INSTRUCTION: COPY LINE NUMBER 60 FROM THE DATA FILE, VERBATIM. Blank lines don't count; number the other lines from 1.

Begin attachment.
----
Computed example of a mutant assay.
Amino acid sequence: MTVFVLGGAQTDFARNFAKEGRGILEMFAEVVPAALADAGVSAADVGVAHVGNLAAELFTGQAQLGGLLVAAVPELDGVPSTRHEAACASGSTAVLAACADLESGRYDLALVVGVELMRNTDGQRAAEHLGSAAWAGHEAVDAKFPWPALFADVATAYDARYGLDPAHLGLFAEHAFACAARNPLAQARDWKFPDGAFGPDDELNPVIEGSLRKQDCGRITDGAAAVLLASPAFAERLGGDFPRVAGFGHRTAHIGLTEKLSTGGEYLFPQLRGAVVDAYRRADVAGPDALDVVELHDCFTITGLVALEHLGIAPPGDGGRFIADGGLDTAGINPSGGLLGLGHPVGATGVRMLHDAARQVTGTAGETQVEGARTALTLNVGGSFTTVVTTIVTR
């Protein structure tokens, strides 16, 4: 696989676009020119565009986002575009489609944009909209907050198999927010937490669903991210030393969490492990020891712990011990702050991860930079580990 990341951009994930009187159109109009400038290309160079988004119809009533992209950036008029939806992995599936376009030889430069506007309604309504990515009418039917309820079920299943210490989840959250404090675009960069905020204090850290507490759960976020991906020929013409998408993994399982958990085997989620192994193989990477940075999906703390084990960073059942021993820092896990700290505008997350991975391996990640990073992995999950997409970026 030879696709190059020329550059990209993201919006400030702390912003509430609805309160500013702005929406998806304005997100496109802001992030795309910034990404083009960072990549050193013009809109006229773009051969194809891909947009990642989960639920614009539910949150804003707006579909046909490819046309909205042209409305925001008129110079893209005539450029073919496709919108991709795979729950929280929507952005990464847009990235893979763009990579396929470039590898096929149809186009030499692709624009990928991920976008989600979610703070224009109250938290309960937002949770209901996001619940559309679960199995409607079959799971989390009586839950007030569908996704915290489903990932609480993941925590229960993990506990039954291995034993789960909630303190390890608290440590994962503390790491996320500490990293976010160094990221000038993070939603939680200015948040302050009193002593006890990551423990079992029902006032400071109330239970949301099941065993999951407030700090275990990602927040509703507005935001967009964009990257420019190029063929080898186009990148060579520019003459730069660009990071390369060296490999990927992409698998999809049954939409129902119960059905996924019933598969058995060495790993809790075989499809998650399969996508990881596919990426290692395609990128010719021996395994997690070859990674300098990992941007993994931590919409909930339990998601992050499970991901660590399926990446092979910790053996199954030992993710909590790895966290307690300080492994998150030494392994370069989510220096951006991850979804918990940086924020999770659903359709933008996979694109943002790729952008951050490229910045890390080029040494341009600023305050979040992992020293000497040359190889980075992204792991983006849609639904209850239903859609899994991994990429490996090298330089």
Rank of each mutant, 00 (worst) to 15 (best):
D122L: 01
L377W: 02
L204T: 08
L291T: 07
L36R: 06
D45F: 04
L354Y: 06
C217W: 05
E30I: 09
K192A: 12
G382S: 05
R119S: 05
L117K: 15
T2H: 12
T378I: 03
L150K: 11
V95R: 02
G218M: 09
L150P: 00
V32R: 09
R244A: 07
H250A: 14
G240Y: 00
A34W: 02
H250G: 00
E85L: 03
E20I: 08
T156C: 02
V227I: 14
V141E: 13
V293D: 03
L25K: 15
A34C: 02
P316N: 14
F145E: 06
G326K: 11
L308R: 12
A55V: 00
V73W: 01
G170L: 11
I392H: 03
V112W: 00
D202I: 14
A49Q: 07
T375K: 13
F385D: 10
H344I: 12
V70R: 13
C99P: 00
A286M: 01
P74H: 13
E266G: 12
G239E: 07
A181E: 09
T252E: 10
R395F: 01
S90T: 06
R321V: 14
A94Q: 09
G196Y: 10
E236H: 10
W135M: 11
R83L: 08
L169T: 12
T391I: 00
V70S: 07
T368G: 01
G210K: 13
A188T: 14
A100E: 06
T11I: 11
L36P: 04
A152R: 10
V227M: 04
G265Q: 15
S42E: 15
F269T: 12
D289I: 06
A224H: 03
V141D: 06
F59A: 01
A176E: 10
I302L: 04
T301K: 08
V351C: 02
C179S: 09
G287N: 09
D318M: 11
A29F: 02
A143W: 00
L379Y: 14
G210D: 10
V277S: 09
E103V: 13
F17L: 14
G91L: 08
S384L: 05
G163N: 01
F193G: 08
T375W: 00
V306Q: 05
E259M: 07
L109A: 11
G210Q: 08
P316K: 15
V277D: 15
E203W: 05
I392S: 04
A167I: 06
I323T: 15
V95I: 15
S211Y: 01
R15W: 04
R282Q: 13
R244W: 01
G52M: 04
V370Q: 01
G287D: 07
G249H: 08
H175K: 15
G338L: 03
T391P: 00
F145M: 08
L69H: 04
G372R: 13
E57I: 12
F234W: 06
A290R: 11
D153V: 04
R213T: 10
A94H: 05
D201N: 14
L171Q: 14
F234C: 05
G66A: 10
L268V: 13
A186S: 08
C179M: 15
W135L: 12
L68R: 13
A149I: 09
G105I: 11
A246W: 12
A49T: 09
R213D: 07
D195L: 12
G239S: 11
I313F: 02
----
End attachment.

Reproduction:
R395F: 01